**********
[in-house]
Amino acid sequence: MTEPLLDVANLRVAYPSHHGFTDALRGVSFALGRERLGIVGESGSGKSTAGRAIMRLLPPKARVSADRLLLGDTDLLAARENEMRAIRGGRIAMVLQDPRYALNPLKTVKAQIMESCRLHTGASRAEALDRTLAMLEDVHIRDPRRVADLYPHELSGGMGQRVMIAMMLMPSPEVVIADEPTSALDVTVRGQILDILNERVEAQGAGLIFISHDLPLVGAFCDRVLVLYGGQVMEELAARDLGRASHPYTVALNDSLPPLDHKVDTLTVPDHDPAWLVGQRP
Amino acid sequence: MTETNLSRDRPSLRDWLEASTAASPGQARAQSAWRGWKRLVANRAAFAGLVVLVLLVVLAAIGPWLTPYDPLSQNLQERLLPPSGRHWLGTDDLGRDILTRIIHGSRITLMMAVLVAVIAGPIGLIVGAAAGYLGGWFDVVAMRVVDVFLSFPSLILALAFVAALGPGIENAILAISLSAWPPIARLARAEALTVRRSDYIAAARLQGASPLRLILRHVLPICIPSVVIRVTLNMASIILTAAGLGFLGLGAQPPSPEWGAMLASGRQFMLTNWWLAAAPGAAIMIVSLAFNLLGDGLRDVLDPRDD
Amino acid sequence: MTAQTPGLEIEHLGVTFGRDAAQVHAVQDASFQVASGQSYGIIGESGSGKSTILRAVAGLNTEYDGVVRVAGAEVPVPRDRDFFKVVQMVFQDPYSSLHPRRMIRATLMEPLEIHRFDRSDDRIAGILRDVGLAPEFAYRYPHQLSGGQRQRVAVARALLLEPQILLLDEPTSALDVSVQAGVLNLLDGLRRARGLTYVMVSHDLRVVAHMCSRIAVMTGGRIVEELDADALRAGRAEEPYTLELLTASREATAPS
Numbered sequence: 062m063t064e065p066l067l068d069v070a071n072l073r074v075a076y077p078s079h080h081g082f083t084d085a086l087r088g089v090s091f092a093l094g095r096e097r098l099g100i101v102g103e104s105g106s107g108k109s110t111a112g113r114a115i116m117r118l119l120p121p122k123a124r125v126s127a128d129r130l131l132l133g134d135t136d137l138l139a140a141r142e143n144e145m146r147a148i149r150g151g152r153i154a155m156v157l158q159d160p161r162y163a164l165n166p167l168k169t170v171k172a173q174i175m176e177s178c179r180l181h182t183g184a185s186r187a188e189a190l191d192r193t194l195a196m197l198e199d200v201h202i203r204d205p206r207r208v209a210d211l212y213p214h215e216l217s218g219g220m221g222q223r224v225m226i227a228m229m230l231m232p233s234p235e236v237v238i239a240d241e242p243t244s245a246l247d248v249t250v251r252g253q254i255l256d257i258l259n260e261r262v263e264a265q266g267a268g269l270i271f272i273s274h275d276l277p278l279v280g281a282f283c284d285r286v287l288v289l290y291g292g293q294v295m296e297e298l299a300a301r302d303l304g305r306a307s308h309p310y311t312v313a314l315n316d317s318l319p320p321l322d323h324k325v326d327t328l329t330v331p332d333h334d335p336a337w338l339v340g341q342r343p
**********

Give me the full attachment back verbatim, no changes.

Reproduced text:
[in-house]
Amino acid sequence: MTEPLLDVANLRVAYPSHHGFTDALRGVSFALGRERLGIVGESGSGKSTAGRAIMRLLPPKARVSADRLLLGDTDLLAARENEMRAIRGGRIAMVLQDPRYALNPLKTVKAQIMESCRLHTGASRAEALDRTLAMLEDVHIRDPRRVADLYPHELSGGMGQRVMIAMMLMPSPEVVIADEPTSALDVTVRGQILDILNERVEAQGAGLIFISHDLPLVGAFCDRVLVLYGGQVMEELAARDLGRASHPYTVALNDSLPPLDHKVDTLTVPDHDPAWLVGQRP
Amino acid sequence: MTETNLSRDRPSLRDWLEASTAASPGQARAQSAWRGWKRLVANRAAFAGLVVLVLLVVLAAIGPWLTPYDPLSQNLQERLLPPSGRHWLGTDDLGRDILTRIIHGSRITLMMAVLVAVIAGPIGLIVGAAAGYLGGWFDVVAMRVVDVFLSFPSLILALAFVAALGPGIENAILAISLSAWPPIARLARAEALTVRRSDYIAAARLQGASPLRLILRHVLPICIPSVVIRVTLNMASIILTAAGLGFLGLGAQPPSPEWGAMLASGRQFMLTNWWLAAAPGAAIMIVSLAFNLLGDGLRDVLDPRDD
Amino acid sequence: MTAQTPGLEIEHLGVTFGRDAAQVHAVQDASFQVASGQSYGIIGESGSGKSTILRAVAGLNTEYDGVVRVAGAEVPVPRDRDFFKVVQMVFQDPYSSLHPRRMIRATLMEPLEIHRFDRSDDRIAGILRDVGLAPEFAYRYPHQLSGGQRQRVAVARALLLEPQILLLDEPTSALDVSVQAGVLNLLDGLRRARGLTYVMVSHDLRVVAHMCSRIAVMTGGRIVEELDADALRAGRAEEPYTLELLTASREATAPS
Numbered sequence: 062m063t064e065p066l067l068d069v070a071n072l073r074v075a076y077p078s079h080h081g082f083t084d085a086l087r088g089v090s091f092a093l094g095r096e097r098l099g100i101v102g103e104s105g106s107g108k109s110t111a112g113r114a115i116m117r118l119l120p121p122k123a124r125v126s127a128d129r130l131l132l133g134d135t136d137l138l139a140a141r142e143n144e145m146r147a148i149r150g151g152r153i154a155m156v157l158q159d160p161r162y163a164l165n166p167l168k169t170v171k172a173q174i175m176e177s178c179r180l181h182t183g184a185s186r187a188e189a190l191d192r193t194l195a196m197l198e199d200v201h202i203r204d205p206r207r208v209a210d211l212y213p214h215e216l217s218g219g220m221g222q223r224v225m226i227a228m229m230l231m232p233s234p235e236v237v238i239a240d241e242p243t244s245a246l247d248v249t250v251r252g253q254i255l256d257i258l259n260e261r262v263e264a265q266g267a268g269l270i271f272i273s274h275d276l277p278l279v280g281a282f283c284d285r286v287l288v289l290y291g292g293q294v295m296e297e298l299a300a301r302d303l304g305r306a307s308h309p310y311t312v313a314l315n316d317s318l319p320p321l322d323h324k325v326d327t328l329t330v331p332d333h334d335p336a337w338l339v340g341q342r343p